Neighboring dogs became less shy, stealing away with the occasional discard. The winter sun began to warm the ground as expert hands worked in traditional ways.

Creative Non-Fiction: Week Two.

Photograph © Jeremy Wade Shockley 2010.

The soft spongy earth and high grass soaked my shoes immediately. A thick heavy mist hung over the landscape- I had come north to Cajas for the streams. Cuenca with its dense population and cobble stone streets was foreign to me, but the rhythm of casting a fly rod, reading the current, transcended time and place- taking me from the high Andes back to the Vallicito valley. My mind at ease in the new surroundings.

Photograph © Jeremy Wade Shockley 2010.

They say change is inevitable, that tourism will be the new economy. I prefer to remember it as it was- the community that gave it’s self to my upbringing- following the cobblestone streets in the footsteps of my grandfather. Patiently listening as he spoke to the other fisherman in his daily routine.

Photograph © Jeremy Wade Shockley 2010.

The extreme heat was inhospitable, the landscape thundered in my ears. Adrenalin coursed through my veins making the experience bearable, almost distant. I was assured that the high ridge was safe, running like a black spine above the sea of fire and fury below. My instinct was to flee – eyes fixed on the molten earth.

These excerpts are part of the in class writing assignments that seek to emulate creative non fiction, each excerpt written in under two minutes. Our instructor, the renowned William R. Gray, teaches various courses on the art of prose throughout the year. As a photojournalist, I feel that mastering the English language, and how it is written plays a very strong role in the field of photojournalism.

Spotlight on Wes Studi.

Photograph Jeremy Wade Shockley/SU DRUM

Wes Studi Graces Fort Lewis College
By Rachel Beckelhymer

Wes Studi strutted onto the stage with all the air of a true movie star. He had every reason to feel proud, as the honored lecturer at the 2009 Fort Lewis College Native American Presidential Lecture Series, at the Community Concert Hall in Durango, Colorado. The annual lecture in honor of Native American Heritage Month highlights a Native American luminary, and Wes Studi was up to the challenge as he spun yarns for a packed house on Thursday evening, November 5. After sharing the colorful stories from his life, he stayed to pose for numerous photographs with school children, Southern Ute Royalty, and many happy fans.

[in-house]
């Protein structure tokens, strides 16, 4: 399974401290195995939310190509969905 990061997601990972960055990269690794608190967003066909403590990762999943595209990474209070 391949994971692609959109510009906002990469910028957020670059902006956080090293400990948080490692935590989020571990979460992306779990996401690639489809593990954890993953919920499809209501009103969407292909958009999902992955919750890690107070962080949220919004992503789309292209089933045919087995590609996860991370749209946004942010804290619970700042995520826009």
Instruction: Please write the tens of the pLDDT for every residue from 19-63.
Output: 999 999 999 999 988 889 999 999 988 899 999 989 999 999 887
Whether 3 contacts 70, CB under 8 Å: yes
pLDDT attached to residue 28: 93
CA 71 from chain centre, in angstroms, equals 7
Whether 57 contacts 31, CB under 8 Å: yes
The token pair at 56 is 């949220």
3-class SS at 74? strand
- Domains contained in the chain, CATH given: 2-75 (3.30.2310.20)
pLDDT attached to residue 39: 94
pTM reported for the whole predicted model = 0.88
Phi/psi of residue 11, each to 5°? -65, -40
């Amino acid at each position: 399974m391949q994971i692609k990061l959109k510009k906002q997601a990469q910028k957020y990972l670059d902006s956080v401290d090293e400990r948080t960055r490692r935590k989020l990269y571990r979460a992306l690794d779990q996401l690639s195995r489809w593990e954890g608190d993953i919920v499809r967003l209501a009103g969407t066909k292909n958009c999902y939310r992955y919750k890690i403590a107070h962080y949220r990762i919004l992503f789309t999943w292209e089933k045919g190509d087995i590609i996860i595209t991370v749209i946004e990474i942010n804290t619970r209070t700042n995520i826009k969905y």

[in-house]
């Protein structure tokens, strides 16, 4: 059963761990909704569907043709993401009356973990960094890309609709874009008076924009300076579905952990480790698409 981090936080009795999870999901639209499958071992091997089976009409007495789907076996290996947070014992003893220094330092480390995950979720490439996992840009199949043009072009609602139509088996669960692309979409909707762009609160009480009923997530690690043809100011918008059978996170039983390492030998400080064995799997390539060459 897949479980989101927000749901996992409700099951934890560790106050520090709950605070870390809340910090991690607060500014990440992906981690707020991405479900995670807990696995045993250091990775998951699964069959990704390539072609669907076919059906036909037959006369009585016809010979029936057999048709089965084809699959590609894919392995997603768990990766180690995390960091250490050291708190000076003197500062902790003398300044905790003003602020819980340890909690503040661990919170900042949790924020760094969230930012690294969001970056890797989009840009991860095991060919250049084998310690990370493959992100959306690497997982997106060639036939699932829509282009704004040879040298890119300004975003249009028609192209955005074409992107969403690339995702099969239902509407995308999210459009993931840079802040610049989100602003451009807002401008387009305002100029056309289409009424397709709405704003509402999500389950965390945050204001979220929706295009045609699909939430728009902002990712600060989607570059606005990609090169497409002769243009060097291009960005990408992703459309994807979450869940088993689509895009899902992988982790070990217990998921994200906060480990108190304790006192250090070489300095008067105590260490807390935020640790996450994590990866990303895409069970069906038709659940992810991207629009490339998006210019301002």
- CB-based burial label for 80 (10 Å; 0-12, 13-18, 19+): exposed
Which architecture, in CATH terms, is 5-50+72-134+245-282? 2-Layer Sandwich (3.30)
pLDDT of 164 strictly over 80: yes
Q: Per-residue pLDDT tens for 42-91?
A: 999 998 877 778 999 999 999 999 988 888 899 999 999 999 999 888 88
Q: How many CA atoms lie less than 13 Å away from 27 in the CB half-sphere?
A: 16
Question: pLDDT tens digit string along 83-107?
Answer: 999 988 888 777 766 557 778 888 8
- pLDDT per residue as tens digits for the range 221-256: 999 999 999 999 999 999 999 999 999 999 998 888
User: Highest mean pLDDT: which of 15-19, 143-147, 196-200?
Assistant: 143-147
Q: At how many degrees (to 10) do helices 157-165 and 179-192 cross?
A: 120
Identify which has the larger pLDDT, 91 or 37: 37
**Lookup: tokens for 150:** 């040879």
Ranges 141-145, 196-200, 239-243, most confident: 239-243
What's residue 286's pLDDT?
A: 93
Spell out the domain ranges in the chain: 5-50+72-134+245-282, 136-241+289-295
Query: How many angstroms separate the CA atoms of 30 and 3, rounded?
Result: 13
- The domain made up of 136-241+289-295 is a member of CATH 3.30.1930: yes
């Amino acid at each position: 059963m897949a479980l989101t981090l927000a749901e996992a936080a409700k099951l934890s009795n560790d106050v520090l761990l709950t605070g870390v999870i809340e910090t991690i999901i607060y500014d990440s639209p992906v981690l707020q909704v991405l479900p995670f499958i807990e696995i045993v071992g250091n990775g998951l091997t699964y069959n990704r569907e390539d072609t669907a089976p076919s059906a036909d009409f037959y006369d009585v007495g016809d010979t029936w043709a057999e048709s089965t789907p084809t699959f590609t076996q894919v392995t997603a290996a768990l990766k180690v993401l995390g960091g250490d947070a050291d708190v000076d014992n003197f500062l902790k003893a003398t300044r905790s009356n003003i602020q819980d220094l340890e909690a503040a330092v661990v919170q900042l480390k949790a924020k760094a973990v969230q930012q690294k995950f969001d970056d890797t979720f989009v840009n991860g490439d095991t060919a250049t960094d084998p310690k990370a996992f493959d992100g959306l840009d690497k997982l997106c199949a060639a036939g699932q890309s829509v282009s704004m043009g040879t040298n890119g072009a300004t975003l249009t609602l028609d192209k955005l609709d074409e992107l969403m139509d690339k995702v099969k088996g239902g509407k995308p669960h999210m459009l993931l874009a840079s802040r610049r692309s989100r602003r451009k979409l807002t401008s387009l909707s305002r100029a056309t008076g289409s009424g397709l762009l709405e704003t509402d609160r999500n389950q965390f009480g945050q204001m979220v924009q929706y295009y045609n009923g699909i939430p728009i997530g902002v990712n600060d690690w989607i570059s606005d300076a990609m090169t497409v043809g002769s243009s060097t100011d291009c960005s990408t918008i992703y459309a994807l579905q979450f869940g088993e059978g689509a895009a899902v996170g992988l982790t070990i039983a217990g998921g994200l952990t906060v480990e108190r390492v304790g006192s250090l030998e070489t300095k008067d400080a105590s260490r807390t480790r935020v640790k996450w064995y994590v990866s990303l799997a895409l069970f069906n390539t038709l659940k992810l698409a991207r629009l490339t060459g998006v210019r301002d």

The Cherokee actor, activist, author, and Vietnam War Veteran, sauntered to a generous black leather chair, his black leather jacket glistened in the bright lights as he went. “I’d like to make myself more comfortable,” he said as he began to disrobe. He ceremoniously unbuttoned his white shirt and slowly undid his black silk neck scarf. Lounging casually with crossed legs and a microphone poised for storytelling in his left hand, he began.

“Some of you may remember the days when the only phones we had were attached to walls.” Wes Studi shared experiences from his life, like his years in Vietnam, “Not a pleasant experience.” And what it was like when he returned. “I came back at a time where there was a lot of unrest.” He said, but he found welcome in the Indian community. “I think that’s something Indians do well. No matter what people thought about the war, they welcomed us back and realized that, ‘these are our young men’ ”

Born in Oklahoma, at No Fire Hollow, in the Cherokee Nation, his family moved around frequently, “I became a wondering man at that point, at [age] seven.” After the war he attended Bacon College. But, “I never had a passion for what I did…then I discovered acting.” It was in Tulsa Oklahoma, at the American Indian Theater Company. “I went, and I looked in and saw like eight women and two men. “Hey, I like these odds,” and that’s how I got started.”

His first of 60 films was, Powwow Highway. He can be seen as Magua, in Last of the Mohicans, and in the films Geronimo, The Only Good Indian, Avatar, and Dances with Wolves. When asked if he could make any movie, he said he’d like to try Othello, on the Rez. After answering audience questions, he left the stage with a command, “Go out, and live your dreams.”

Visit the latest Southern Ute Drum Newspaper Online HERE to see more on Wes Studi.

Hozhoni Days






Photographs, rendered in black and white, attain a sense of timelessness illustrated in this collection of portraits taken during the 44th Annual Hozhoni Days Pow Wow at Fort Lewis College. The Ceremony Embraces Spirituality, Tradition, and Friendship through Song and Dance. Photographs © Jeremy Wade Shockley 2008.